Family matters that cannot be handled within the family government should be appealed to another authority.  Christian families have the means to appeal first to the Church by going to its leaders.  If the matters that are appealed warrant the civil sphere of authority, such as crimes, then the church must stand aside and allow the civil government to function.

Civil Government

Civil authority was the second sphere instituted by God.  After the fall, man did what was right in his own eyes, and evil multiplied.  Consequently, God brought judgment upon the earth through the flood and afterwards established restraints with unambiguous sanctions for murder and cruelty to the creation (Gen 9:5-6). This was the first establishment of civil government.  Later, God established the written law, thus ordering society (1 Tim 1:8-9). At this point, civil authority was clearly established.

Though it is true that state and church authority are separate, biblically, no authority can be divorced from God’s laws.  The Scriptures plainly declare, “Man does not live by bread alone, but by every word that comes from the mouth of God” (Matt 4:4). The authority of the civil government rests upon what God has extended to it, which primarily is the protection of its citizens from enemies both domestic and foreign. His eternal decrees established law and order for society giving clear instruction on how to address specific crimes and ills for social order. The highest redress that was given to the state is the sword or capital punishment. Paul the Apostle declares, they that wield the sword for the state are ministers of God (Rom 13:4). He plainly declares that civil authorities exist by God.

Ecclesiastical Government

Thirdly, God has purposed to reveal His authority more clearly through the church.  It can be seen in the placement and functioning of its members in the body of Christ.

Beginning in the Old Testament, authority was set in order through the priest and prophets.  God’s children functioned under His government through Moses and Aaron as the “church in the wilderness” (Act 7:38). Then on the Day of Pentecost, the Holy Spirit formed the Body of Christ to include all people who call upon the name of the Lord.  This brought forth God’s eternal purpose for His Church and His government.  It is in the church where the rule of God is best demonstrated.  Isaiah the prophet declared,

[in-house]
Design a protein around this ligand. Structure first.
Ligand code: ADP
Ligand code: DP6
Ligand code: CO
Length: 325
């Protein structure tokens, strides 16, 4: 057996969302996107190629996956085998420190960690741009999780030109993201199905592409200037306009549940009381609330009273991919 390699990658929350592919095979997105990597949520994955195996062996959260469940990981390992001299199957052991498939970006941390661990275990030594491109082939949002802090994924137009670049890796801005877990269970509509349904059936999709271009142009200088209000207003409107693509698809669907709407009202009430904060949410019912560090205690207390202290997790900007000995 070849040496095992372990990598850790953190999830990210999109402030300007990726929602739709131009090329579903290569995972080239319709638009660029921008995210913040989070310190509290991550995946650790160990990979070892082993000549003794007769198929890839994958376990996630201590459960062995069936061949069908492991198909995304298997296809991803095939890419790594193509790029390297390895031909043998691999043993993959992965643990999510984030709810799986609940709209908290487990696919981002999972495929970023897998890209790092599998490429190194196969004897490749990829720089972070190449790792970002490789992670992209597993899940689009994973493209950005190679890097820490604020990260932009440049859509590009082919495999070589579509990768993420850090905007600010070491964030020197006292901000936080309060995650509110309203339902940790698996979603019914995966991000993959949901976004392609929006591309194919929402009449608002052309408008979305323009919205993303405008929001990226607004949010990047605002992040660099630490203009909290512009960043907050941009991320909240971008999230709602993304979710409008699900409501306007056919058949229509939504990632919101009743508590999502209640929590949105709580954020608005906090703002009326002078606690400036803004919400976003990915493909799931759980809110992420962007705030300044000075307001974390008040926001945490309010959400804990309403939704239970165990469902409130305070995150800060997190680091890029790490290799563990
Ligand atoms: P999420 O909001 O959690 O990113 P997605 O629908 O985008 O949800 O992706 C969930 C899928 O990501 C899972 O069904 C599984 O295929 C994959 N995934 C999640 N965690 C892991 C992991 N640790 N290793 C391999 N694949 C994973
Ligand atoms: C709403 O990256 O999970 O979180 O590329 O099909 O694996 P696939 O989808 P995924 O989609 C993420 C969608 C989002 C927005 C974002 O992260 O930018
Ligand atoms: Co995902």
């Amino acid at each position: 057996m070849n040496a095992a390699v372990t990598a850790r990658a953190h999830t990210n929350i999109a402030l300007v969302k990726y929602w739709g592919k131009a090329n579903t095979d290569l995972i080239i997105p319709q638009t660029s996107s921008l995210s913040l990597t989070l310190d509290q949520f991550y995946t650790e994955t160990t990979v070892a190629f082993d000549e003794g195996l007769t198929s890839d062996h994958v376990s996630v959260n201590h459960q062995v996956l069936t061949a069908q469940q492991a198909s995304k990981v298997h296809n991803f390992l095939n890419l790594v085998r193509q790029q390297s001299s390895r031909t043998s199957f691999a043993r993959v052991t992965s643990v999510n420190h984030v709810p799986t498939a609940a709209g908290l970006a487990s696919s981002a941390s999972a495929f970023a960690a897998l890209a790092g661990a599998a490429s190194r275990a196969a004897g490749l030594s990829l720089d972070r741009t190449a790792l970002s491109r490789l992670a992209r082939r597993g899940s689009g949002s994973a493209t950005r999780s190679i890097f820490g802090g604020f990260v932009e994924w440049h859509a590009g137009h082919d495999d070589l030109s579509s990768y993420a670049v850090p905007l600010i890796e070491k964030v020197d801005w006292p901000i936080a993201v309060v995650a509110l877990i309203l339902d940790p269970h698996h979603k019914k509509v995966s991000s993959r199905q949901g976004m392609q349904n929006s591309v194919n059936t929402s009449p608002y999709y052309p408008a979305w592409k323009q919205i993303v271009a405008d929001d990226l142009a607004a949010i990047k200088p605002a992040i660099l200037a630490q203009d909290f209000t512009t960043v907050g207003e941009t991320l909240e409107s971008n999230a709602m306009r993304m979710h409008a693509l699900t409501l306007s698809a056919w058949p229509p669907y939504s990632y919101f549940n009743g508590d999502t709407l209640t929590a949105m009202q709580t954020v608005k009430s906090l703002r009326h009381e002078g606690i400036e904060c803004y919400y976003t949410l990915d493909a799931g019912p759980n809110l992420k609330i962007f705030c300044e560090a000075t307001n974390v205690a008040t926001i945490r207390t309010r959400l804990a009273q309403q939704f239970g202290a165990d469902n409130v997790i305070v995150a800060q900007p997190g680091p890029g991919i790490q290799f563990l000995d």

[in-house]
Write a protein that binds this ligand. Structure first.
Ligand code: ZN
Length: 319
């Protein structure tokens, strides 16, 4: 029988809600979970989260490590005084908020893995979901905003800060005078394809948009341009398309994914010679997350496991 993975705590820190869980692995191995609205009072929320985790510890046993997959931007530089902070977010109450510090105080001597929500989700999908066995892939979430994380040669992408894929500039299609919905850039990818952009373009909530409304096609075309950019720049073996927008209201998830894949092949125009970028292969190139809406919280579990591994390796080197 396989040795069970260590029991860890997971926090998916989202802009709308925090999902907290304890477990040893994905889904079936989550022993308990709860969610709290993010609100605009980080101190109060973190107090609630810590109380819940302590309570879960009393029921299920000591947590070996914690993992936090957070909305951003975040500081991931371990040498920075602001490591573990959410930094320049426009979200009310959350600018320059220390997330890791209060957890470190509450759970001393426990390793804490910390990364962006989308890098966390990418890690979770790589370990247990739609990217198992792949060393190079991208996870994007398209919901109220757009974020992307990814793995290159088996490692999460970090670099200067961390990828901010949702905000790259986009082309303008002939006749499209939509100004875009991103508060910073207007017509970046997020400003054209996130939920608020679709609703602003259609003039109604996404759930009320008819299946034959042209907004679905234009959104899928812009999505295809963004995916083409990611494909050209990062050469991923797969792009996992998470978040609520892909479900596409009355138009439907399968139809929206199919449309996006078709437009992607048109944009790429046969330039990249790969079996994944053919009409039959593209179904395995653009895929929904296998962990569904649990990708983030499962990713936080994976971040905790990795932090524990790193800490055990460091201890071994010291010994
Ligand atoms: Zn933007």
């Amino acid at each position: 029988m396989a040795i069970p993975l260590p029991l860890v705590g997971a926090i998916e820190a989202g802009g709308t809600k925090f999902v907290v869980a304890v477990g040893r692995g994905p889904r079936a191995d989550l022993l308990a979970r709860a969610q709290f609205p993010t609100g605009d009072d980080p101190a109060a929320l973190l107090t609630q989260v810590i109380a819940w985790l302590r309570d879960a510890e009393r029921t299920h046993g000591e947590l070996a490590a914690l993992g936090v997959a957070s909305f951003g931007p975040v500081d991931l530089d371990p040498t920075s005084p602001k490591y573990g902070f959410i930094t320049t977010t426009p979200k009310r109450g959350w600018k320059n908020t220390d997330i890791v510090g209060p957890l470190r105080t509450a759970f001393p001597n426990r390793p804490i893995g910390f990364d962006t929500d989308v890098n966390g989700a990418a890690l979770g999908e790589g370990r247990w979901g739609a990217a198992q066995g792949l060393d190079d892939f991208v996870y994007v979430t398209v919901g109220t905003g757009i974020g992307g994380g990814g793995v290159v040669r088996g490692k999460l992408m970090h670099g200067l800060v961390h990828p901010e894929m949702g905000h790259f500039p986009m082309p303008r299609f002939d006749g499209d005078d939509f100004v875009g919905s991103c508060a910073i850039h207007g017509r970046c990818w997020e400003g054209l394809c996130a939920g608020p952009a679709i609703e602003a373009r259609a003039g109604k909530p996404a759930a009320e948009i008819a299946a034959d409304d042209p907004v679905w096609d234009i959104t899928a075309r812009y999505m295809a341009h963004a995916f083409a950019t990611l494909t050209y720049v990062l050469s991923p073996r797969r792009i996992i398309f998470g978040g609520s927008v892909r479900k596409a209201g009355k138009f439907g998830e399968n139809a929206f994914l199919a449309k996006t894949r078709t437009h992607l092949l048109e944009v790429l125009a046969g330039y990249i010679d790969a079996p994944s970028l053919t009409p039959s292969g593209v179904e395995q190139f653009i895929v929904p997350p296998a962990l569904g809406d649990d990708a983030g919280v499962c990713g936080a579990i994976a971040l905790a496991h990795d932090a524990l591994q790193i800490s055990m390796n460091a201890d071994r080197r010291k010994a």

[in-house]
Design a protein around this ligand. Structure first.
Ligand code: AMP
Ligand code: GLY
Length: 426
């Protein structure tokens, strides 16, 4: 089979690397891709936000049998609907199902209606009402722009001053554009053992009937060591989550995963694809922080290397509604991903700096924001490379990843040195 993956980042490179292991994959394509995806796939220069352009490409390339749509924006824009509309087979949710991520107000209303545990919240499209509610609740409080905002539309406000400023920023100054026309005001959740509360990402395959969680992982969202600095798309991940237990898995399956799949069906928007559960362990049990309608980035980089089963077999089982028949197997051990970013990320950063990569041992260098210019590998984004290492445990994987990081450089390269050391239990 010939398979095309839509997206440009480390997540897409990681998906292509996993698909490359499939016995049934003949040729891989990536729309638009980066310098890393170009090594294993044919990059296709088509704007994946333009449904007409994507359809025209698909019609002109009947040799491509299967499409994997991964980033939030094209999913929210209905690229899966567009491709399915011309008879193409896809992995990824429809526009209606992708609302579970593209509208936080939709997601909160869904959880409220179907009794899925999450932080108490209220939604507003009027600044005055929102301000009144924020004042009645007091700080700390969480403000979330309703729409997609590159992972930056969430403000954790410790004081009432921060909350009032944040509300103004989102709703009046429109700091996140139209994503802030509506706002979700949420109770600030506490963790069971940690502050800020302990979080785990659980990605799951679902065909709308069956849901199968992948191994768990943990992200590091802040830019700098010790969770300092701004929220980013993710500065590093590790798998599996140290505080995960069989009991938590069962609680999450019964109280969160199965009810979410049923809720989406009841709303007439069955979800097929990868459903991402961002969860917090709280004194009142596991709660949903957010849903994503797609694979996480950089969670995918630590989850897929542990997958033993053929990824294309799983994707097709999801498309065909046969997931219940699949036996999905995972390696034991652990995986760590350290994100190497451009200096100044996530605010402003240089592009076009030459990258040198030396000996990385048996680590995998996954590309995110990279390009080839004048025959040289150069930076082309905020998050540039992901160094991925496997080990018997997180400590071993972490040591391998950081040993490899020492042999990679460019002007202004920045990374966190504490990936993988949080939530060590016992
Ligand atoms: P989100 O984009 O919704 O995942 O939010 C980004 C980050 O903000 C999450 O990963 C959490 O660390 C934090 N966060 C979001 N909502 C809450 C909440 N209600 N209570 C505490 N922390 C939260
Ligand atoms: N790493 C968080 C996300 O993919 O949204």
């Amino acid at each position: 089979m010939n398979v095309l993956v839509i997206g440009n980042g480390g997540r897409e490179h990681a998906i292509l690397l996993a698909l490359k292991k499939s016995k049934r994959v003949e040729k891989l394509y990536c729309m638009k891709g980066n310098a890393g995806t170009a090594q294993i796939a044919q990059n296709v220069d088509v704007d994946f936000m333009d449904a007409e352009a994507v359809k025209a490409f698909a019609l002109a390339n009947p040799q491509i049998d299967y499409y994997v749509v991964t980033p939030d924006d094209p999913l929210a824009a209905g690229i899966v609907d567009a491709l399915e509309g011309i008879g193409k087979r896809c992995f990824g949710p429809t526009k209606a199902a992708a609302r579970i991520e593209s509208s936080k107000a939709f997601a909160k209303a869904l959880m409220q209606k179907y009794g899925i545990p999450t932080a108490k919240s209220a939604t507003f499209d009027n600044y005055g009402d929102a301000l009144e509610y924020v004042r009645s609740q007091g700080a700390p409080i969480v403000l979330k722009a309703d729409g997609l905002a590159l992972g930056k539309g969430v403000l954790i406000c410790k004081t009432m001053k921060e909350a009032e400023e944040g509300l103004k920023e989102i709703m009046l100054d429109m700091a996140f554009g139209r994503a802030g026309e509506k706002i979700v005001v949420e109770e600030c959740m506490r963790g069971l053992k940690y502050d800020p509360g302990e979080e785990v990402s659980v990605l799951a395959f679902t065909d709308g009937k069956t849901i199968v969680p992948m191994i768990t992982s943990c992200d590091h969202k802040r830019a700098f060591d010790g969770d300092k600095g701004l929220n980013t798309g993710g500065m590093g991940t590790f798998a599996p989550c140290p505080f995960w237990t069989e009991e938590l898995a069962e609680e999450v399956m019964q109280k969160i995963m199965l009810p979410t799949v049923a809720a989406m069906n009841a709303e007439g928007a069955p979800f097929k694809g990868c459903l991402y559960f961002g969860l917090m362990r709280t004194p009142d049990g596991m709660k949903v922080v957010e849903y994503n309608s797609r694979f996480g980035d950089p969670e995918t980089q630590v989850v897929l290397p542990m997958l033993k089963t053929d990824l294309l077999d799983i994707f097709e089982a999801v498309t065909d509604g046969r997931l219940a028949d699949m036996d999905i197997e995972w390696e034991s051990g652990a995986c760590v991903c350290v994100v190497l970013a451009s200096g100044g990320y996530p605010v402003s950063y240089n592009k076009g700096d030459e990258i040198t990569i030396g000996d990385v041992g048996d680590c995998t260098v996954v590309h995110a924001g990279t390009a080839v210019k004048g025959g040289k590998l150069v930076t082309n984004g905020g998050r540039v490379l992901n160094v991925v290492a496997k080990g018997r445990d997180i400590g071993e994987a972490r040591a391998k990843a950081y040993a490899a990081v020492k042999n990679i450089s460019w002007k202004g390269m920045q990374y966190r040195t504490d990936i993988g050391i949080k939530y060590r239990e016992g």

“. . . the government will be on his shoulders. . .  Of the increase of his government and peace there will be no end. He will reign on David’s throne and over his kingdom, establishing and upholding it with justice and righteousness from that time on and forever.  The zeal of the LORD Almighty will accomplish this” (Isaiah 9:6-7).

True to the prophecy, Jesus promised to build His church upon the revelation that He was the Christ the Son of the living God, proclaiming Himself as the builder of the house (Heb 3:3). The keys of the kingdom, representing His authority, were given to the Church.  Though the words were spoken to Peter, this authority extends into His body today.

“And I tell you that you are Peter, and on this rock I will build my church, and the gates of Hades will not overcome it.  I will give you the keys of the kingdom of heaven; whatever you bind on earth will be bound in heaven, and whatever you loose on earth will be loosed in heaven” (Matthew 16:18-19).

Quoting the latter portion of Matthew 16:19, two chapters later in Matthew 18:15-20, Jesus declares His authority in matters, which are being judged in the Church.  Here He gives the highest redress for church discipline, the keys of excommunication, once again, addressing the significance of His government in the Church


[1] Watchman Nee, Spiritual Authority (New York, NY: Christian Fellowship Publishers, 1972) p. 10

[2] J. Robert Clinton, Leadership Perspectives, How To Study the Bible For Leadership Insights (Altadena, CA: Barnabas Publishers, 1993) p. 58